Food banks make adjustments so they can serve while keeping people safe

Friday, March 20, 2020 | 11:00 PM


While most places are closed in the wake of the coronavirus pandemic, several organizations are staying open to serve those in need.

Network of Hope operates a food bank at its location at Allison Park Church on Duncan Avenue.

Normally, qualifying recipients of the food bank can walk through a large room and pick what they need, with volunteers bagging it at the end. The program is almost all volunteer-ran, and for the safety of its volunteers and patrons, it was adjusted last week to offer pre-packaged boxes to take home and distributed “drive-through style,” adhering to safe social distance, according to church pastor, and NOH coordinator Jeff Leake.

The food bank serves the community twice a month, he said. This is a new situation for everyone, he said. And it’s helpful to people who suddenly find themselves without work and paychecks.

Last week food pantry volunteer Laurel Wolford of Allison Park said they usually expect 110 to 120 patrons to their food bank on their distribution days. But that number increased at the Network of Hope, with 172 families, 56 of which were new.

Leake said this week and in the near future, they will be staying open to help those in need. Services may need to be adjusted, such as dropping off food on porches. But they recognize that they don’t want to leave anyone without services.

“If they need someone to bring something to them — we will make sure that we can bring to them what they need. They can contact us and we will do whatever we need to do to get there,” he said.

“We are all learning how to live in this new reality. But we have a full team of people who are trying to figure it out and make sure that no one who has a need, goes without food or supplies during this time,” he said.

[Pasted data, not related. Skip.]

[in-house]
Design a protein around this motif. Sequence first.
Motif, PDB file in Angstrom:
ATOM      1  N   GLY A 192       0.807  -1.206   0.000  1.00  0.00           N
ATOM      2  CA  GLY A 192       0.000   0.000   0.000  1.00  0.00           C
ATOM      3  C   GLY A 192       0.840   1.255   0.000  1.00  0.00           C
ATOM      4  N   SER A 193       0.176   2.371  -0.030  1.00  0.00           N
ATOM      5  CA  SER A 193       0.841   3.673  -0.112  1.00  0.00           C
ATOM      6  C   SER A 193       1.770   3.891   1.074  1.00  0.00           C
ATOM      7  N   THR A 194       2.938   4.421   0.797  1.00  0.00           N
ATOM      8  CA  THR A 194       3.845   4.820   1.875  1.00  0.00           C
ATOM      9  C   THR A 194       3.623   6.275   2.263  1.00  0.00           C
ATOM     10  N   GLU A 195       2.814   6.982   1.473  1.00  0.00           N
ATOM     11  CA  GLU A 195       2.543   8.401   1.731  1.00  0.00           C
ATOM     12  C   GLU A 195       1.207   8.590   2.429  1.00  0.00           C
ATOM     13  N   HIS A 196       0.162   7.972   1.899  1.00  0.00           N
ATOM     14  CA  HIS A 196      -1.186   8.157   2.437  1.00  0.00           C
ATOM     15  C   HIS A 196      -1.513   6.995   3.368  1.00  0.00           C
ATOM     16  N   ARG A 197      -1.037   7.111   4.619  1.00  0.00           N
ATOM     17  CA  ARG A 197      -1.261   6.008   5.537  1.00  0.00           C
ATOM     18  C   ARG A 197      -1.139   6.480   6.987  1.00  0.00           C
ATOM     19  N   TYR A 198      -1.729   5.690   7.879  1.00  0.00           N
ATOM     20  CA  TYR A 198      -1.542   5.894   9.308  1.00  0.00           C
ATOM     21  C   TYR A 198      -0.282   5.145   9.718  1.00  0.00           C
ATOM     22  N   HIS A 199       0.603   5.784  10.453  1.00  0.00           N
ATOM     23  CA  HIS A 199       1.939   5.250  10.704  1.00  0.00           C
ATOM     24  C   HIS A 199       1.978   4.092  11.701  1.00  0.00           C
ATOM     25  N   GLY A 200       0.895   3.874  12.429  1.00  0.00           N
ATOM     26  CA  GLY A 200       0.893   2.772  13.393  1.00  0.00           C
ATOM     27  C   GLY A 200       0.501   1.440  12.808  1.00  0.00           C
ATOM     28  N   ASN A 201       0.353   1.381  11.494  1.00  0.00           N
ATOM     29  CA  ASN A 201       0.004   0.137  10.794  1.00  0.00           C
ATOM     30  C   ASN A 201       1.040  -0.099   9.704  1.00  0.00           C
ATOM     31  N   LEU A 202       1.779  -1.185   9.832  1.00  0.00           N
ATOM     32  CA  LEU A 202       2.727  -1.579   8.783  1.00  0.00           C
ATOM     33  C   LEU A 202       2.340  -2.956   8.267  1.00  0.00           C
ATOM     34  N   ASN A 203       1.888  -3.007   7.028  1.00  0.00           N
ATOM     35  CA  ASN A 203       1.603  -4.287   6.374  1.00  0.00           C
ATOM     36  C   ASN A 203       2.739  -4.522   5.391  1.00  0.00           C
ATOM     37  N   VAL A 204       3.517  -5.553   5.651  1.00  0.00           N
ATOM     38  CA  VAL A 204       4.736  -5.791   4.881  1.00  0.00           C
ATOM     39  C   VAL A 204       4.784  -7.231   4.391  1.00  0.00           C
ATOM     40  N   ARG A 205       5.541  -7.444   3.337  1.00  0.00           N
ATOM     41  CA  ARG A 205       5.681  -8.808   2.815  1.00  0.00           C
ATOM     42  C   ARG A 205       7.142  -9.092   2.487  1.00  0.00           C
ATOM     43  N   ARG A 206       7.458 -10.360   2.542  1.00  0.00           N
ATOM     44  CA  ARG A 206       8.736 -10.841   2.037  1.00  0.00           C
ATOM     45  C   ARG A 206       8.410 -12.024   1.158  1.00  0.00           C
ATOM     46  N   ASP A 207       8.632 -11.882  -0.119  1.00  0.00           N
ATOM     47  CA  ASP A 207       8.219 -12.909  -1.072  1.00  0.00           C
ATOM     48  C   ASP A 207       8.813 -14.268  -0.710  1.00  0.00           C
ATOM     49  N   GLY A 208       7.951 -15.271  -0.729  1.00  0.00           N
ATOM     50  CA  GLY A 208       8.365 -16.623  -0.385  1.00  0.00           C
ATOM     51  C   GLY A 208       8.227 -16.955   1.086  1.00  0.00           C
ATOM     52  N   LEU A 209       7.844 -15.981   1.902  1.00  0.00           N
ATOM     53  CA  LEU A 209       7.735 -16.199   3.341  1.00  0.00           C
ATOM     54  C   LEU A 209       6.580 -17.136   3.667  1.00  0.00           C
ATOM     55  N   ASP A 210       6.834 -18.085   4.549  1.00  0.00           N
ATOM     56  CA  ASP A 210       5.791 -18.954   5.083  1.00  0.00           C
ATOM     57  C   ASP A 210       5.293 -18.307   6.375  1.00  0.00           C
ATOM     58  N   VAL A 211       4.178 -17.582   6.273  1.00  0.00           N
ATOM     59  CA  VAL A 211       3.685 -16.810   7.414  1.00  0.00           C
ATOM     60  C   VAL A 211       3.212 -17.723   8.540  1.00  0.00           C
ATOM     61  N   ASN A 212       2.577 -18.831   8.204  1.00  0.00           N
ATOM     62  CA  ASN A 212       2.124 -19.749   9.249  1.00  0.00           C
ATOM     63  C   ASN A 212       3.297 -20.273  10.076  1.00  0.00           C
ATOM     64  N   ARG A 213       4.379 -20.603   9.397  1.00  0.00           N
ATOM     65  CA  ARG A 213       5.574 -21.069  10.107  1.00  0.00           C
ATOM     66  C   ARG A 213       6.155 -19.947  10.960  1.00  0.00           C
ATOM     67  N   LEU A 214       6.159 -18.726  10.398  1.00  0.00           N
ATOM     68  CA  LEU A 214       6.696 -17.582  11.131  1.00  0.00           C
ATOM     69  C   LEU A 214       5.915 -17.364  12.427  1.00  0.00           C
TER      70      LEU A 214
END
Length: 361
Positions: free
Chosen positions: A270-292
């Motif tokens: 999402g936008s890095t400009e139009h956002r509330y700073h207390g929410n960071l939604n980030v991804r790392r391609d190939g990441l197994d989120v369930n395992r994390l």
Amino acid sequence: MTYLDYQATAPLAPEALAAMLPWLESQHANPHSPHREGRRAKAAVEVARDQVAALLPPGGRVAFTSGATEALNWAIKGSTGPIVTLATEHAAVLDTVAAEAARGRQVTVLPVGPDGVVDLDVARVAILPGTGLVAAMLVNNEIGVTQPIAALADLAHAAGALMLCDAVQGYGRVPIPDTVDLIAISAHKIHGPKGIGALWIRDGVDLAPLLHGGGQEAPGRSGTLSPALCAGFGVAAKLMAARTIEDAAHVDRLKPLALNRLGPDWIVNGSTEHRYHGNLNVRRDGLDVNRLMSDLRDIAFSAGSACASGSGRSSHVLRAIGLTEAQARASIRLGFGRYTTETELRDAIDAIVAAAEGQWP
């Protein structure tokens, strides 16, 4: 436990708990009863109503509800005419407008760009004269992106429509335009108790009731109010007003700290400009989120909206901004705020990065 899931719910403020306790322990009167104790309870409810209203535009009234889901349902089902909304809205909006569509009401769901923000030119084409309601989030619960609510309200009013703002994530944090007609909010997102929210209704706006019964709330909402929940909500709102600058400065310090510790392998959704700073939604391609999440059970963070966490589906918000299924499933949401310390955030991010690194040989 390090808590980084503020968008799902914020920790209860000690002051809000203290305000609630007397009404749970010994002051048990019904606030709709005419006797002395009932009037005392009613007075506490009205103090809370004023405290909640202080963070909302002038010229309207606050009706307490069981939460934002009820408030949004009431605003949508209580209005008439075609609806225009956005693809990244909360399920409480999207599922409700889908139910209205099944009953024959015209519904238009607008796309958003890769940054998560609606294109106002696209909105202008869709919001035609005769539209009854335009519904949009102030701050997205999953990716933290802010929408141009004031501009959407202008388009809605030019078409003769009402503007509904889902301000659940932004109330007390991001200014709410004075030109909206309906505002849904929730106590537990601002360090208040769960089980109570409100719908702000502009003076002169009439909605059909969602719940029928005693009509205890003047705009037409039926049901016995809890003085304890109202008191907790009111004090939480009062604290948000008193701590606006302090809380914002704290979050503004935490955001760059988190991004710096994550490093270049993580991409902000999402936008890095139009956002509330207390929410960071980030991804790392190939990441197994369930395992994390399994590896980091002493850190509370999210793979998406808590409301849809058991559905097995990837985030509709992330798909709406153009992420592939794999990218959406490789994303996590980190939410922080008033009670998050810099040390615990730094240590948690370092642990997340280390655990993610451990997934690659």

He said the volunteers who know the system well are mostly over the age of 65. They stayed home last week. Wolford said the pre-packaged meals and drive-through made her feel safe.

“I feel very comfortable,” said Wolford.

• North Hills Community Outreach, with its home office in Allison Park, also services a large population of qualifying clients with various services including a food bank.

All NHCO offices, which includes North Boroughs and Millvale locations, closed March 21 with a tentative open date of March 30, according to Jeff Geissler, communications coordinator.

Last week, they also had an alternative to the food bank distribution. Like NOH, they supplied pre-packaged supplies, drive-through style.

“Overall, we are expecting a significant increase in individuals and families who will be needing our assistance at this time. Also, and for the safety of everyone, we currently are not accepting in-kind donations like food and sharing project items,” said Geissler.

He hopes they’ll start accepting donations after March 30. But are accepting online donations at NHCO.org/donate.

It’s hard to plan ahead as things seem to change day by day, he said.

He said they want to let their clients know they are closed until March 30.

“This will allow them to prepare to go without our services. But if they require assistance during that time, and it is not a medical or life-threatening emergency, they can call our main office number or send an email. We will be checking messages frequently and will get back to them as soon as we can with guidance,” said Geissler.

Seniors with questions or concerns can call the Services for Seniors Program at 412-449-0151, he said.

Free Rides for Seniors shuttles have also been suspended until March 30. Anything already scheduled will be on a case-by-case basis. And the attorney services will be held by phone.

• The NHCO free tax prep program will be suspended at its Millvale and North Boroughs Volunteer Tax Assistance site. Those with appointments will be contacted by the NHCO to reschedule.

• The Greater Pittsburgh Community Food Bank has a list of food distribution locations listed at www.pittsburghfoodbank.org.

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